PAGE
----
Department of Medicine
I direct the UB Behavioral Medicine Clinic (BMC), an internationally known clinic and research facility that provides short-term, state-of-the-art treatment for patients with painful medical disorders. These disorders include irritable bowel syndrome (IBS), low back pain, fibromyalgia, non-cardiac chest pain, temporomandibular disorder (TMD) and benign headaches such as migraine and tension headaches. A unique feature of our care is the use of evidence-based treatment protocols to help patients gain control of symptoms that have not adequately responded to standard medical treatments. Because our clinicians are active researchers, patients treated at the BMC receive cutting-edge treatments.
My research, which is focused on developing and testing novel treatments for functional gastrointestinal (GI) disease, has been funded by the National Institutes of Health (NIH) since 1999. My research responsibilities include designing and conducting outcome clinical trials of novel treatments, which provide valuable research experiences for the medical, public health and psychology students I mentor. Students who work at my lab learn to design, write, conduct and analyze quality research projects with the goal of authoring at least one empirical study for publication in a first-tier journal. The academic skills my students learn at the BMC help them grow into independent researchers or academically oriented clinicians who value critical thinking and a scholarly approach to medicine. In addition, I routinely assist faculty and mentor GI fellows in research design and analysis.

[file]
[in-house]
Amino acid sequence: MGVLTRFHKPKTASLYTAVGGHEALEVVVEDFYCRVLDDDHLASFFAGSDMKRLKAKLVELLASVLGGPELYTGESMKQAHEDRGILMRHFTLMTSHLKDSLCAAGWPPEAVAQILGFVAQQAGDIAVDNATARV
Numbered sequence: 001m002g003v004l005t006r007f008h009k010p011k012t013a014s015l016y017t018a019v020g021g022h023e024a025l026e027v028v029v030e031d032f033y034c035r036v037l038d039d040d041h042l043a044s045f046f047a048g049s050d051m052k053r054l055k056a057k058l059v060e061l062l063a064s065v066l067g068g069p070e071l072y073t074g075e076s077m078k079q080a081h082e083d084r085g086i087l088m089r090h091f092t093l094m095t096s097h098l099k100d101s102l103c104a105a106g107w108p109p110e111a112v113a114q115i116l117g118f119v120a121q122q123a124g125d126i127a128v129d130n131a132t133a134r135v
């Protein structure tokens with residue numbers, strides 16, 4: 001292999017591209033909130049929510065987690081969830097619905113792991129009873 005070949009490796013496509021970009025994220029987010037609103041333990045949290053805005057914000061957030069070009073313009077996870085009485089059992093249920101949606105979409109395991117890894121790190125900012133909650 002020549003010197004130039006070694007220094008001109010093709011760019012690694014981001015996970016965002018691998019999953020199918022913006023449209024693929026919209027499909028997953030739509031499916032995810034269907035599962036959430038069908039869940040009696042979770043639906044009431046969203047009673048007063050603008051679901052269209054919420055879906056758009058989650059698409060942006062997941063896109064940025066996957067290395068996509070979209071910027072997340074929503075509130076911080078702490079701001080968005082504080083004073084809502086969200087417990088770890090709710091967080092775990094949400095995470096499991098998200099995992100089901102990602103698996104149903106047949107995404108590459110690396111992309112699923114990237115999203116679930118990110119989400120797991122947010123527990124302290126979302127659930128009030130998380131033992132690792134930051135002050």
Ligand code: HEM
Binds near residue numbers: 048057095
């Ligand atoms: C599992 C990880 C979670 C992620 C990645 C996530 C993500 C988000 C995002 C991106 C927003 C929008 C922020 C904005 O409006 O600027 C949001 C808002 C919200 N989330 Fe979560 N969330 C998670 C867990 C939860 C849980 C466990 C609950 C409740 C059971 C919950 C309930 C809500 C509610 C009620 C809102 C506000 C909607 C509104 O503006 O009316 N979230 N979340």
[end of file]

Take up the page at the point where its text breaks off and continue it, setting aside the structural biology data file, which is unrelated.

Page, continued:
I lecture in several UB academic departments such as psychiatry, orthopedic surgery, neurosurgery and psychology with the aim of familiarizing trainees with the psychosocial aspects of chronic disease and ways to promote symptom self-management skills in patients coping with chronic illness.
I present at the GI research conference on brain-gut interactions, outcome research, research methods and behavioral aspects of GI disease.